skip to main content
OSTI.GOV title logo U.S. Department of Energy
Office of Scientific and Technical Information

Title: Fluorescent ballast and lamp disposal issues

Abstract

All around the world, governments, utility companies, and private businesses are attempting to reduce the amount of energy consumed. In the US alone, new economic strategies and programs are being created to facilitate this process. For instance, the recent enactment of the National Energy Policy Act, the Environmental Protection Agency`s (EPA) Green Lights Program, and a surge of utility involvement in Demand Side Management (DSM) Commercial/Industrial Direct Install and Rebate Programs. Many of these problems target commercial/industrial lighting system retrofits as one of the most cost effective avenues for reducing the consumption of energy. Due to this trend, hundreds of millions of lighting ballasts and lamps are being discarded. The benefits of these programs result in enormous reductions in fossil fuels (and subsequent carbon dioxide, sulfur dioxide, and nitrogen oxide emissions) required to generate the displaced electricity. Throughout the US, however, there is an increasing concern for the environmental impacts surrounding the accelerated disposal of both lighting ballasts and lamps. Regulations initially established were for a one by one, retirement (failure) process rather than promoted obsolescence and forced retirement of lamp groups or entire systems (truckloads of old technologies). Recognizing this trend and the potential negative environmental effects, federal, state,more » and local regulators are reevaluating the impacts and are being asked to promulgate policies to specifically address this situation.« less

Authors:
 [1]
  1. Alta Resource Management Services, Inc., Springfield, MA (United States)
Publication Date:
OSTI Identifier:
404362
Resource Type:
Journal Article
Resource Relation:
Journal Name: Energy Engineering; Journal Volume: 93; Journal Issue: 4; Other Information: PBD: 1996
Country of Publication:
United States
Language:
English
Subject:
32 ENERGY CONSERVATION, CONSUMPTION, AND UTILIZATION; 29 ENERGY PLANNING AND POLICY; FLUORESCENT LAMPS; WASTE MANAGEMENT; BALLASTS; ENERGY EFFICIENCY; LIGHTING SYSTEMS; ENVIRONMENTAL IMPACTS; POLLUTION REGULATIONS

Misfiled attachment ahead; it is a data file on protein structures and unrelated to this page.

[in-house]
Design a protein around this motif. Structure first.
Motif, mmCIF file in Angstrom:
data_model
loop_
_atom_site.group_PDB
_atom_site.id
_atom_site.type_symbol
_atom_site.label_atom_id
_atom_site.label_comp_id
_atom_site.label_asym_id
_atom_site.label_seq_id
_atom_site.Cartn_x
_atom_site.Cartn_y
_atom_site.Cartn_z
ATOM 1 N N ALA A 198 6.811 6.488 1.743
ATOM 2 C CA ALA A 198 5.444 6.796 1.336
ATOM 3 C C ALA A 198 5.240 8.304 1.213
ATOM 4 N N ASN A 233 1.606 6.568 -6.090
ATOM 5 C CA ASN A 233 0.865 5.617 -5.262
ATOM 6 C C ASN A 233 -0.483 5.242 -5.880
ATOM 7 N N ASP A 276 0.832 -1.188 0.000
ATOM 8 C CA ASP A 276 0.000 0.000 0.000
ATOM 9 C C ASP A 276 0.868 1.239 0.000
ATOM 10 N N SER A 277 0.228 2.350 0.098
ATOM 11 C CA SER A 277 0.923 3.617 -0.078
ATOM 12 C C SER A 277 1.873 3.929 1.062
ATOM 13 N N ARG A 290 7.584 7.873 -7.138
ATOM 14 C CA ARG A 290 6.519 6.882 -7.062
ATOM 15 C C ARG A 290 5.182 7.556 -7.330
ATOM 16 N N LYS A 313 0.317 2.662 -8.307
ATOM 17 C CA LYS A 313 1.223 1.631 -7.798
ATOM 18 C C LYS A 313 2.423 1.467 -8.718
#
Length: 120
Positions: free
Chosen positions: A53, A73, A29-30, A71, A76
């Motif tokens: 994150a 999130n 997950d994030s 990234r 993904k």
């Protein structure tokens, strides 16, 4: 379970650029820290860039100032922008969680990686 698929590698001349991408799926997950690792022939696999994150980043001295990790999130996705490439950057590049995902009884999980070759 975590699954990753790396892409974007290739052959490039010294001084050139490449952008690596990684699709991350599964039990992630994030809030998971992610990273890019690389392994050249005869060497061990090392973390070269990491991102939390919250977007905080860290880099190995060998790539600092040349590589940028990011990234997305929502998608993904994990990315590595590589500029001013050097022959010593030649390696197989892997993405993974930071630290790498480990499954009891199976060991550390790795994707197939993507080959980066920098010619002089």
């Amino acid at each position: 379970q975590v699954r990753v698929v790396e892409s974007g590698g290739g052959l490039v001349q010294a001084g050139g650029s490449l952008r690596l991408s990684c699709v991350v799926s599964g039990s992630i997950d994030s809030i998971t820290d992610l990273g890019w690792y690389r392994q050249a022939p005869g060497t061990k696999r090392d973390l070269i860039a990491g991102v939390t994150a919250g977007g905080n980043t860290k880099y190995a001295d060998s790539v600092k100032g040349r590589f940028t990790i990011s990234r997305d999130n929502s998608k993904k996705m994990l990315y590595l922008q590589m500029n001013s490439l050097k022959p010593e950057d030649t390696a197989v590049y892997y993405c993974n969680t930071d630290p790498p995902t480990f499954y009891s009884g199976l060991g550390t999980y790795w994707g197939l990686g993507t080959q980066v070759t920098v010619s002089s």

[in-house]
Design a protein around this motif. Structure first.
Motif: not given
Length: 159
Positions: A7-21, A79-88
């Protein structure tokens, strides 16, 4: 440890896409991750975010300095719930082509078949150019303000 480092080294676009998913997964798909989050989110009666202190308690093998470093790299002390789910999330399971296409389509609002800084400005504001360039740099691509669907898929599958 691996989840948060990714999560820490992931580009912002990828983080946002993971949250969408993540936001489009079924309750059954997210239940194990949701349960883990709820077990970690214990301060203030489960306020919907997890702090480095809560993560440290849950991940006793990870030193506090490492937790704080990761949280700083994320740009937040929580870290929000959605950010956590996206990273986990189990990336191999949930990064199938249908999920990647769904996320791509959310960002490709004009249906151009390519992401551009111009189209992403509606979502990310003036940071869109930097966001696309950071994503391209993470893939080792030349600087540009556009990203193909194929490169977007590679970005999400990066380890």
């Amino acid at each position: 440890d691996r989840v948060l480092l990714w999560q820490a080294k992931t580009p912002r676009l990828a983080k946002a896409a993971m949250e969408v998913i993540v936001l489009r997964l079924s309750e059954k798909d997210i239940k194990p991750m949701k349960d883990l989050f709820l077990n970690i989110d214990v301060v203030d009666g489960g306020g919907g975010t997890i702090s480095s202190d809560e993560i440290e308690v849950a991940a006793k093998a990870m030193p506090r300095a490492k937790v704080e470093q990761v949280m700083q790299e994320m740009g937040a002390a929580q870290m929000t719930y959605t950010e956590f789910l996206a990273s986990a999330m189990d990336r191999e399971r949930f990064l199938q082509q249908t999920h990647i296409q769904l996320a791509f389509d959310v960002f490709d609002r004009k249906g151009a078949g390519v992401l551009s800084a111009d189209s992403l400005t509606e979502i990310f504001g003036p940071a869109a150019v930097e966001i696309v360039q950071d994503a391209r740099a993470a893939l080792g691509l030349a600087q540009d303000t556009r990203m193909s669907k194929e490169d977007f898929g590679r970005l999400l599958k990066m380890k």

Citation Formats

Leishman, D.L. Fluorescent ballast and lamp disposal issues. United States: N. p., 1996. Web.
Leishman, D.L. Fluorescent ballast and lamp disposal issues. United States.
Leishman, D.L. Sun . "Fluorescent ballast and lamp disposal issues". United States. doi:.
@article{osti_404362,
title = {Fluorescent ballast and lamp disposal issues},
author = {Leishman, D.L.},
abstractNote = {All around the world, governments, utility companies, and private businesses are attempting to reduce the amount of energy consumed. In the US alone, new economic strategies and programs are being created to facilitate this process. For instance, the recent enactment of the National Energy Policy Act, the Environmental Protection Agency`s (EPA) Green Lights Program, and a surge of utility involvement in Demand Side Management (DSM) Commercial/Industrial Direct Install and Rebate Programs. Many of these problems target commercial/industrial lighting system retrofits as one of the most cost effective avenues for reducing the consumption of energy. Due to this trend, hundreds of millions of lighting ballasts and lamps are being discarded. The benefits of these programs result in enormous reductions in fossil fuels (and subsequent carbon dioxide, sulfur dioxide, and nitrogen oxide emissions) required to generate the displaced electricity. Throughout the US, however, there is an increasing concern for the environmental impacts surrounding the accelerated disposal of both lighting ballasts and lamps. Regulations initially established were for a one by one, retirement (failure) process rather than promoted obsolescence and forced retirement of lamp groups or entire systems (truckloads of old technologies). Recognizing this trend and the potential negative environmental effects, federal, state, and local regulators are reevaluating the impacts and are being asked to promulgate policies to specifically address this situation.},
doi = {},
journal = {Energy Engineering},
number = 4,
volume = 93,
place = {United States},
year = {Sun Dec 01 00:00:00 EST 1996},
month = {Sun Dec 01 00:00:00 EST 1996}
}